2. Yet a moderate approach will generate less excitement among those in favor of a radical solution (and moderation generally elicits less enthusiasm). 
    3. It’s better to go into battle with half an army than a whole one riddled with confusion and no idea why they’re fighting.

Ted Rall, the editorial cartoonist and columnist, is the author of “Francis: The People’s Pope.”

Monday, April 2, 2018

Maine: Never Was & Never Happen


Rank-choice voting sabotaged in Maine.

From Daily Kos:
ME-Gov: A huge mess is unfolding in Maine, after Secretary of State Matt Dunlap told legislators on Thursday that the state could not conduct its June primaries using instant-runoff voting (IRV) due to a legal issue first pointed out by the state attorney general's office. Confusingly, though, Dunlap later said his department would nevertheless proceed with implementing the new system, which was passed by voters in 2016, claiming that election officials "do not have time to do anything else."​
​The legal dispute is highly arcane but it leaves the state in a precarious position. Both Dunlap and state Attorney General Janet Mills, who is a candidate for governor, urged the legislature to correct the problem, but that's simply not going to happen, since Republicans and a number of Democrats are opposed to IRV.
That means the issue is headed to court, though it could play a role on the campaign trail, too: One of Mills' opponents in the Democratic primary, former state House Speaker Mark Eves, accused her office of trying "to veto the will of the people in a way that benefits the electoral prospects of the Attorney General."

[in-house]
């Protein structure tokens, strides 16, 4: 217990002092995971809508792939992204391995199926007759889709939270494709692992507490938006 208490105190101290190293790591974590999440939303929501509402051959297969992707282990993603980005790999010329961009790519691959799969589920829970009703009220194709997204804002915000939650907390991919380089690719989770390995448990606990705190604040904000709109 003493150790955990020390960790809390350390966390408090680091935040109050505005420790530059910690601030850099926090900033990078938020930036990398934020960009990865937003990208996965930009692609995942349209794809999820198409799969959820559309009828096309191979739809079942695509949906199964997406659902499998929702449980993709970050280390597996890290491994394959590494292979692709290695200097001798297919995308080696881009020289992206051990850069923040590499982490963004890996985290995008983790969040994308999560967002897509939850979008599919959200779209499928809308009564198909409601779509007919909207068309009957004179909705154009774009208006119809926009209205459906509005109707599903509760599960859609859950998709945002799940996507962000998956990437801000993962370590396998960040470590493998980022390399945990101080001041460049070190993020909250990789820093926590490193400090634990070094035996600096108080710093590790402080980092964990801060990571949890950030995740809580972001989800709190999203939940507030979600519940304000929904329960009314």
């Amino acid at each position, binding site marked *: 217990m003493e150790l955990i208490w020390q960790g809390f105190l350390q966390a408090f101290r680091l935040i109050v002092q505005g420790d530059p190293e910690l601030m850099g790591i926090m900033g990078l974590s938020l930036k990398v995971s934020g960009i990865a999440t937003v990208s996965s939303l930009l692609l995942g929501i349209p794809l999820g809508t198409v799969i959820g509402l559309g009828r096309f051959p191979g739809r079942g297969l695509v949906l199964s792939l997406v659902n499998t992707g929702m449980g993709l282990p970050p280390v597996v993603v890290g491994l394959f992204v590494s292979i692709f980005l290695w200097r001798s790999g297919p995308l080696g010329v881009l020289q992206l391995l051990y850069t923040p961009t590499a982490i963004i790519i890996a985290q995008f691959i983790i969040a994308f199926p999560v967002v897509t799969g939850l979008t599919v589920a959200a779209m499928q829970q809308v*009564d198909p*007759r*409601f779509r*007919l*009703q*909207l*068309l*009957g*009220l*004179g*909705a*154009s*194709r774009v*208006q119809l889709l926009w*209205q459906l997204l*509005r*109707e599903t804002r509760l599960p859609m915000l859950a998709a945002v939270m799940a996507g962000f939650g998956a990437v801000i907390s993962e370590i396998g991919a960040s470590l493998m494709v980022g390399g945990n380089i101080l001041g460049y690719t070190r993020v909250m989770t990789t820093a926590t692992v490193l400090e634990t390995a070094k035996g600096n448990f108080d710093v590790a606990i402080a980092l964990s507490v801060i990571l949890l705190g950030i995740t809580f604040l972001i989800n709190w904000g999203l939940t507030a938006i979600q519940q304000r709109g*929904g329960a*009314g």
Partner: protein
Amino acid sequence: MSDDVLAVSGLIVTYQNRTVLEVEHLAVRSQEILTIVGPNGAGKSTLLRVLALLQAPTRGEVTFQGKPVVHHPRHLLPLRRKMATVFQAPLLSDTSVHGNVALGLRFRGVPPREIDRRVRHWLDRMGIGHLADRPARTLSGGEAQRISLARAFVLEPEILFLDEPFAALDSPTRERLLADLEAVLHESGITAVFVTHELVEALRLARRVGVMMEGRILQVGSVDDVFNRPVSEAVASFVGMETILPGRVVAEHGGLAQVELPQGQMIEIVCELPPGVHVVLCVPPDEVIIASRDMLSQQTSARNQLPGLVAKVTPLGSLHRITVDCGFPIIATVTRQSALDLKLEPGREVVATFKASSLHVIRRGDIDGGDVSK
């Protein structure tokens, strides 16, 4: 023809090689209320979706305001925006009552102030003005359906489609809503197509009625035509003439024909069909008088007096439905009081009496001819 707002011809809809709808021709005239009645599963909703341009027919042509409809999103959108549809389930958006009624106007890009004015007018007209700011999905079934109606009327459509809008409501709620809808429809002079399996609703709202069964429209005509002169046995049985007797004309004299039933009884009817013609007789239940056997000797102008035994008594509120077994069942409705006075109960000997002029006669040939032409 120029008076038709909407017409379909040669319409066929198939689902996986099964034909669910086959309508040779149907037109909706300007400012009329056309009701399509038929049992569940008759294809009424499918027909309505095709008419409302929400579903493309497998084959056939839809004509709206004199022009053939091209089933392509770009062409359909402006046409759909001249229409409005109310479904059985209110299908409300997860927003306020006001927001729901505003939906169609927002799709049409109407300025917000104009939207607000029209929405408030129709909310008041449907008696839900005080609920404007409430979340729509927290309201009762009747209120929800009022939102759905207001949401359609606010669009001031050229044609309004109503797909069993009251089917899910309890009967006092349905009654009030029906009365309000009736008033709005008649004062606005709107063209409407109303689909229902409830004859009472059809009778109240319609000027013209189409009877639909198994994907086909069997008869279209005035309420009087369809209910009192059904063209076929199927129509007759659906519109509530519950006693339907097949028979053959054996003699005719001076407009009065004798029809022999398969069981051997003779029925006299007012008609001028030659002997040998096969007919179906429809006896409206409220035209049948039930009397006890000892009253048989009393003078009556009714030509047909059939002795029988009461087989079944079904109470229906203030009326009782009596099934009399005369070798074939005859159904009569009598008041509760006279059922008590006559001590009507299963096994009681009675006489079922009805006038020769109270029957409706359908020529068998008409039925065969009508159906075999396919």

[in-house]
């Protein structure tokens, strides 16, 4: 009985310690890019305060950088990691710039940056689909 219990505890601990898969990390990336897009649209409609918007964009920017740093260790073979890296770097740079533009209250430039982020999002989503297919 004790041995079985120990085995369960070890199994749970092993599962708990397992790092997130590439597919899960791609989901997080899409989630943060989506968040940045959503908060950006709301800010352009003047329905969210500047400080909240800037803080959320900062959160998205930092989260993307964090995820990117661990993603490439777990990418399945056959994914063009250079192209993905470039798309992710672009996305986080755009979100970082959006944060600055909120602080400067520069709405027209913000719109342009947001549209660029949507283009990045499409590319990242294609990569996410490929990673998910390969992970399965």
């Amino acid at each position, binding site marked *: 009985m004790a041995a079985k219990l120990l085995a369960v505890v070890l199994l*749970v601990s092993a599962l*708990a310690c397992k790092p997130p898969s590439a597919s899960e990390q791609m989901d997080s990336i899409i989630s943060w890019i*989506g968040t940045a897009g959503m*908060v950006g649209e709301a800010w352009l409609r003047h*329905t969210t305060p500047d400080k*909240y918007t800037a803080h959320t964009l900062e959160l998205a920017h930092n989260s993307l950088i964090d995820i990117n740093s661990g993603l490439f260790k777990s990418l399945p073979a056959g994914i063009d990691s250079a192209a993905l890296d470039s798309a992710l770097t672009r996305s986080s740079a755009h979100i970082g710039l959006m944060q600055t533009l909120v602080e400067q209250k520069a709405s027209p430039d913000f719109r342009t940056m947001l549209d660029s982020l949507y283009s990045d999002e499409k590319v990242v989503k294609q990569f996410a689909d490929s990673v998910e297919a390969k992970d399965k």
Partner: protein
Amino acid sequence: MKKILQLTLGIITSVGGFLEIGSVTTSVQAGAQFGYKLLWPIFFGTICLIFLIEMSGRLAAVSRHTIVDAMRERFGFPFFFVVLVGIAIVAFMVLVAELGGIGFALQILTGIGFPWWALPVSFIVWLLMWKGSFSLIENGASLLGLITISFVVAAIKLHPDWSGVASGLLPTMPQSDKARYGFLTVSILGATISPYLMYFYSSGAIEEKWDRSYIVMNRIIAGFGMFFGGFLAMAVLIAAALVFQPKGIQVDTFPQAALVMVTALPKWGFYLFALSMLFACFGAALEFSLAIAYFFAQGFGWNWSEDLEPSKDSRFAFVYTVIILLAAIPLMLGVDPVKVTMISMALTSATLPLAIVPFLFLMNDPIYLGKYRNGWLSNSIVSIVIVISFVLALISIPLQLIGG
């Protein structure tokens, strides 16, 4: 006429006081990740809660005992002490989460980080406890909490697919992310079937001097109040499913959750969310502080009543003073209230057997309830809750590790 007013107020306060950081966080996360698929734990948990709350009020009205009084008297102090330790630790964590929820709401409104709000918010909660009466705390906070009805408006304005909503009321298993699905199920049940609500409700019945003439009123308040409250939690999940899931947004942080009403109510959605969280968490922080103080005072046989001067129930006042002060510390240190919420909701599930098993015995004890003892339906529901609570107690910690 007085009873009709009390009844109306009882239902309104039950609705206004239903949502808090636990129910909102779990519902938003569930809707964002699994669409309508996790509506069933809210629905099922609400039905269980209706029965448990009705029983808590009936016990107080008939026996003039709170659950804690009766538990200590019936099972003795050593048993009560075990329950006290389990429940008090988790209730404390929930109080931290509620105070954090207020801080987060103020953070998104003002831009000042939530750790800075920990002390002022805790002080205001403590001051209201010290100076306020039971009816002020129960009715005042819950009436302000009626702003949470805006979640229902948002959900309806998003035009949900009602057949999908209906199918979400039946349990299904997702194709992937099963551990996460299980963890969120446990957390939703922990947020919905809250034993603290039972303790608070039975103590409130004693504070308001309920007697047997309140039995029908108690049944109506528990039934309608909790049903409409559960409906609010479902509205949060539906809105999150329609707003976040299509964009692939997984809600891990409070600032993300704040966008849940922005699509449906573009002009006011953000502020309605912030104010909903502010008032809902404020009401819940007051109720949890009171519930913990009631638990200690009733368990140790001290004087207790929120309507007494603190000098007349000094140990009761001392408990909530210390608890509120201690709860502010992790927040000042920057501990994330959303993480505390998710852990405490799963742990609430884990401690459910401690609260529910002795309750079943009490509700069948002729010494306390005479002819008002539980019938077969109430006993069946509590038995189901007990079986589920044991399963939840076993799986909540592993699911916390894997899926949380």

Under Maine's traditional system of awarding nominations to the candidate who wins a plurality of the vote, Mills might indeed prosper, since she likely starts the race with the greatest name recognition. In response to Eves' charges, Mills released a memo dated last year "laying out the process" for establishing an "ethical wall" between herself and her office's elections department. It's not clear from the Portland Press-Herald's writeup, though, whether this wall was ever put in place.

Thursday, March 29, 2018

Wednesday, March 21, 2018

I refuse to accept this new "normal."

"Maryland School Shooter killed by Armed School Resource Officer." Let's unpack this:

  1. A student brings a gun to school. 
  2. The armed student opens fire on other students, wounding two students. 
  3. The armed student specifically targets a young female. 
  4. An armed school resource officer intervenes. 
  5. Both fire at each other. 
  6. The armed shooter dies in EMR. 
  7. The armed school resource officer is lauded as a hero. 
  8. We shrug and say, "Too bad." 
  9. The armed school resource officer is now touted as proof that we need armed school personnel to counter the threat of rage-student-revenge shootings. 
I can't go any further than this because the sheer insanity of this, the mass hysteria of this, is mind-numbing. We shrug, and this is the new normal. And of course the answer is more guns.